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These [Pipe]Lines, They Are A Changin’

For the loser now will be later to win
For the times, they are a-changin'
In the decade since my firm began representing landowners in challenges to FERC pipelines, victories have been few and far between and largely focused on environmental concerns.  In 2014, the D.C. Circuit found that FERC violated the National Environmental Policy Act by unlawfully segmenting review of a pipeline to minimize the impacts - but appeals courts have rejected every segmentation challenge since.  Three years later, Sierra Club snagged a remand from the D.C. Circuit for failing to consider the indirect downstream emissions from a pipeline  - a seeming no-brainer. Yet, when FERC refused to follow the D.C. Circuit mandate, the court punted in Birckhead v. FERC  issued in June 2019 - which has only emboldened FERC to ignore climate change entirely in recent orders .

But as the decade winds down, pipeline challenges have gained traction on matters of constitutional concern. As in Fifth Amendment protected property interests.  Due process. And states’ sovereign immunity in federal court.   Here’s a quick summary of the trio of federal appellate cases that represent a win for landowners and a step towards forcing meaningful and robust review of privately proposed pipelines:

1.  City of Oberlin, OH v. FERC .  To support its statutory finding of need under Section 7 of the Natural Gas Act  for a marginally (59 percent) subscribed interstate gas pipeline that would carry gas to Canada, FERC relied on precedent agreements to export gas across the border. Trouble is, the Natural Gas Act does not authorize use of eminent domain for foreign commerce - so by relying on export as proof of need for interstate pipelines which can use eminent domain, FERC would do indirectly that which it could not accomplish directly. As the oral argument bore out, the court harbored significant concerns about landowners whose constitutionally protected property rights were adversely impacted by FERC’s practices. Ultimate, the D.C. Circuit remanded the case to FERC to explain “its authority to rely in Section 7 certification proceedings on precedent agreements with foreign shippers serving foreign as well as domestic customers.”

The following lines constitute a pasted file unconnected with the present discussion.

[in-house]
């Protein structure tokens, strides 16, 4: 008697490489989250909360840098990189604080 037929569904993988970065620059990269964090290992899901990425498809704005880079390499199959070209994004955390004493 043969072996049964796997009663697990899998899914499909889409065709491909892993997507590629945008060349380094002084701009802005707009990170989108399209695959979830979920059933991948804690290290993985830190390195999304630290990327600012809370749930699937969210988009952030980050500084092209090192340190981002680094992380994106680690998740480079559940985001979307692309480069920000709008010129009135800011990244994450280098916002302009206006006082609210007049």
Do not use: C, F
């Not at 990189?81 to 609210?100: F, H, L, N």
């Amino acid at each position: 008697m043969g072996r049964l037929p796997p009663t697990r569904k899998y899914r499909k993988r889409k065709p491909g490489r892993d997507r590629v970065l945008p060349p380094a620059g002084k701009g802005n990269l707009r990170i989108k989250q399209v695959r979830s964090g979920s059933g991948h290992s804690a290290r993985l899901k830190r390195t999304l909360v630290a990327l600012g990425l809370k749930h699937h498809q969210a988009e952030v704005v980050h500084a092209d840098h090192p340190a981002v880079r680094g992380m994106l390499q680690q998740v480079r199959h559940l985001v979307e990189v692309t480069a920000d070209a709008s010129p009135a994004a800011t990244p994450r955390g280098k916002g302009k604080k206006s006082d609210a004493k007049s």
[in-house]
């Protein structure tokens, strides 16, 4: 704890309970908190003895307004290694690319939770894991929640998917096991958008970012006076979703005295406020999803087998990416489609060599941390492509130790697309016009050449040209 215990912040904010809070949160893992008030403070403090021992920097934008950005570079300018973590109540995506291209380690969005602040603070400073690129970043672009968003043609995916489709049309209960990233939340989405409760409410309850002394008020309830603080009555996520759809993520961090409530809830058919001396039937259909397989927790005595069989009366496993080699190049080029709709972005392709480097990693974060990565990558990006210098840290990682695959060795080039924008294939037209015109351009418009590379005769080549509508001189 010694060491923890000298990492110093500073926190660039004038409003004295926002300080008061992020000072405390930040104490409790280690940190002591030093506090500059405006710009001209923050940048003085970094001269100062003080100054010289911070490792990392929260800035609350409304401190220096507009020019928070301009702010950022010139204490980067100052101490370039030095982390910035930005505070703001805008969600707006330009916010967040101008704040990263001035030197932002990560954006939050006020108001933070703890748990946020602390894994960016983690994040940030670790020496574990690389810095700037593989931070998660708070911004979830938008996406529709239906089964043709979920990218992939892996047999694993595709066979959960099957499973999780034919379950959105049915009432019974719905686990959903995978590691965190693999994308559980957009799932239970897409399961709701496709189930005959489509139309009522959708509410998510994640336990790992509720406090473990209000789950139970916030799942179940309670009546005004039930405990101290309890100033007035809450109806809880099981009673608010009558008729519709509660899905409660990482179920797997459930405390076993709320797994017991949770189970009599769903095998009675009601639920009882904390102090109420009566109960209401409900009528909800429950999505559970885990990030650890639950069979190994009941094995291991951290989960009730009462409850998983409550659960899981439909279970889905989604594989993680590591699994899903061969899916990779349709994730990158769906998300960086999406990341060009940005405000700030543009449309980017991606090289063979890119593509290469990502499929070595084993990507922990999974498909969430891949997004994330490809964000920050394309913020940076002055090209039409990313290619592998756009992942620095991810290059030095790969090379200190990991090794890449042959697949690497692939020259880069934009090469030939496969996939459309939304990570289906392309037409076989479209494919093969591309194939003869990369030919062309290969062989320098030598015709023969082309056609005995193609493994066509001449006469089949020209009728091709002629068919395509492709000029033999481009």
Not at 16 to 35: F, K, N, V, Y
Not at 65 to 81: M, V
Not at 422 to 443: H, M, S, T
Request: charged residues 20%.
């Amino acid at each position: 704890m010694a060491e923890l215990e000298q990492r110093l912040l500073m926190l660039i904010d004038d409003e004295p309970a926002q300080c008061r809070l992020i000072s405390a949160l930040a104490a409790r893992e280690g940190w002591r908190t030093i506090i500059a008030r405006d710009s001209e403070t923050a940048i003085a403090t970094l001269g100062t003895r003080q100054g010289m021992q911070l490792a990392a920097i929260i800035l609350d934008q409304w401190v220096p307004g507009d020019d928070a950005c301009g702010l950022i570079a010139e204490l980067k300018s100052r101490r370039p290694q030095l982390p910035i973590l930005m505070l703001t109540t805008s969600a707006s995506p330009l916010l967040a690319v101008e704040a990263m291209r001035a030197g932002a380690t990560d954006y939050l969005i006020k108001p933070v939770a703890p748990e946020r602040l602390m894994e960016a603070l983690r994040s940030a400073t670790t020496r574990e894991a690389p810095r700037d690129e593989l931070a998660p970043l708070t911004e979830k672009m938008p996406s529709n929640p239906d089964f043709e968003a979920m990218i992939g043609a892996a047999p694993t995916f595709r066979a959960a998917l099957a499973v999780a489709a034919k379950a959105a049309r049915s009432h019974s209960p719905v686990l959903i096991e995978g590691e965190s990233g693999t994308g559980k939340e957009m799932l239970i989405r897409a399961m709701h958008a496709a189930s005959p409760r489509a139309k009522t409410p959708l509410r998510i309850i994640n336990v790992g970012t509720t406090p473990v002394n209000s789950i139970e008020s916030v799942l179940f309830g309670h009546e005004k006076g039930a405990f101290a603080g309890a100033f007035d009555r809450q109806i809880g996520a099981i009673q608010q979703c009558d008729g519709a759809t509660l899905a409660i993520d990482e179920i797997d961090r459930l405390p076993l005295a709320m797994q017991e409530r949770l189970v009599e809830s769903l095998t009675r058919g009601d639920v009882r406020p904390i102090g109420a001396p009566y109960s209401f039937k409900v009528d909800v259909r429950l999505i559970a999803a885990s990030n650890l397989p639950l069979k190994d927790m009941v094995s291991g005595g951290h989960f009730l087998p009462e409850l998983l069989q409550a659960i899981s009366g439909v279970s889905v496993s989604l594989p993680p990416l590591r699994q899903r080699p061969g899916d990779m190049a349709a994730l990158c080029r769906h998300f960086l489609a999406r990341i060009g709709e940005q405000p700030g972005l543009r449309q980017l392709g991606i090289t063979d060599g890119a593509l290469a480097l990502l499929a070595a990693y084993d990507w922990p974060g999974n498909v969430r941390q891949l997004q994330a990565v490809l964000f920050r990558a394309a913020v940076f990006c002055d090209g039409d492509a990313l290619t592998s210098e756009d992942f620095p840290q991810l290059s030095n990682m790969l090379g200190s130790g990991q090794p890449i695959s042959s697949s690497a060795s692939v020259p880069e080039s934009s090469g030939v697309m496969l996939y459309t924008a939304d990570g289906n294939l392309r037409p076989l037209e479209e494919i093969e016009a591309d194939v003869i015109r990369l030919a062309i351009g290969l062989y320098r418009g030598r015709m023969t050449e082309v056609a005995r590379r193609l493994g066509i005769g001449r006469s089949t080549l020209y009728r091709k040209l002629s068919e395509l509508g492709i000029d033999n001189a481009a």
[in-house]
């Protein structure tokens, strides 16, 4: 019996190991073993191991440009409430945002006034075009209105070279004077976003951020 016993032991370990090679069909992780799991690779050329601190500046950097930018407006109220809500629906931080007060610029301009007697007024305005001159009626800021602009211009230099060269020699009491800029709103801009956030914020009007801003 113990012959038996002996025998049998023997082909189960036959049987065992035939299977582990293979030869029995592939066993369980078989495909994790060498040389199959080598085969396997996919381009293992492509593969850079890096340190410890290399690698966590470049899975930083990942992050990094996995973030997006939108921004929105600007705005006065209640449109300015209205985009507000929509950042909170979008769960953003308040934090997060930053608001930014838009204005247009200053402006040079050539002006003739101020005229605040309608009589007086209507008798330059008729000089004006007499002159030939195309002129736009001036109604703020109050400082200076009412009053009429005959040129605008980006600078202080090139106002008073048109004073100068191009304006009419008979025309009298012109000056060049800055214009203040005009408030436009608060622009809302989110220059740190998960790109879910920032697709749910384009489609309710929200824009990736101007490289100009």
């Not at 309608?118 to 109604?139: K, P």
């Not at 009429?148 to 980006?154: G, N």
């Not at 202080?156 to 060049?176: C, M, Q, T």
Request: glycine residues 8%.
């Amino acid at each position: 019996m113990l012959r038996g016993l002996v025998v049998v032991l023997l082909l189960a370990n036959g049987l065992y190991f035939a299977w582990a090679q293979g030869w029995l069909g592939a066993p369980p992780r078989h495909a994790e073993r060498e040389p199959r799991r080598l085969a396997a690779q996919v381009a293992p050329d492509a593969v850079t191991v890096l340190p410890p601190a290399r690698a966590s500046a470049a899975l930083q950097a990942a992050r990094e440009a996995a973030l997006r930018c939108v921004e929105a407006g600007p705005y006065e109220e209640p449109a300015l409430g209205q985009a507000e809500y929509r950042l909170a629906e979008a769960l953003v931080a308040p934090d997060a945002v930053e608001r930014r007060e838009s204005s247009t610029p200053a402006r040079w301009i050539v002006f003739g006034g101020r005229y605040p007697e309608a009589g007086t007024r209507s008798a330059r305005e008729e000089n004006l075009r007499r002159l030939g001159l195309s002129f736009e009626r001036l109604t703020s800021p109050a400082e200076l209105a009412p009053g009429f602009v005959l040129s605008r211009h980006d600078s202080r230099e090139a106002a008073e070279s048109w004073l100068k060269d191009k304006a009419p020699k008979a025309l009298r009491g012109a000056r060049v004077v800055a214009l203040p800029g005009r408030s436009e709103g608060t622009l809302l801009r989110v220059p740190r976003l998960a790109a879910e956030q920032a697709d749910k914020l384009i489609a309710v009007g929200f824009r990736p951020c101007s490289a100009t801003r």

Incidentally, City of Oberlin is significant to property owners for another reason in that it reaffirms that “that a landowner is injured in fact when she is put to the choice of having to either reach an agreement with a pipeline seeking to access her property or have her property condemned.” Thus, whether property is ultimately acquired by eminent domain prior to resolution of an appeal will not deprive a landowner of standing to bring a challenge.

2. In re: PENNEAST PIPELINE COMPANY, LLC STATE OF NEW JERSEY et. al.. The state of New Jersey owns 42 parcels of property necessary for PennEast to construct and operate its pipeline. When the state refused to negotiate conveyance of its property, PennEast hauled the state into court to take the parcels by eminent domain. The state opposed, arguing that the Eleventh Amendment protected it from an eminent domain action by a private pipeline in federal court.  The federal district court rejected New Jersey’s argument, but the Third Circuit reversed.  The Third Circuit ruled that the federal government cannot delegate to private parties its exemption from state sovereign immunity.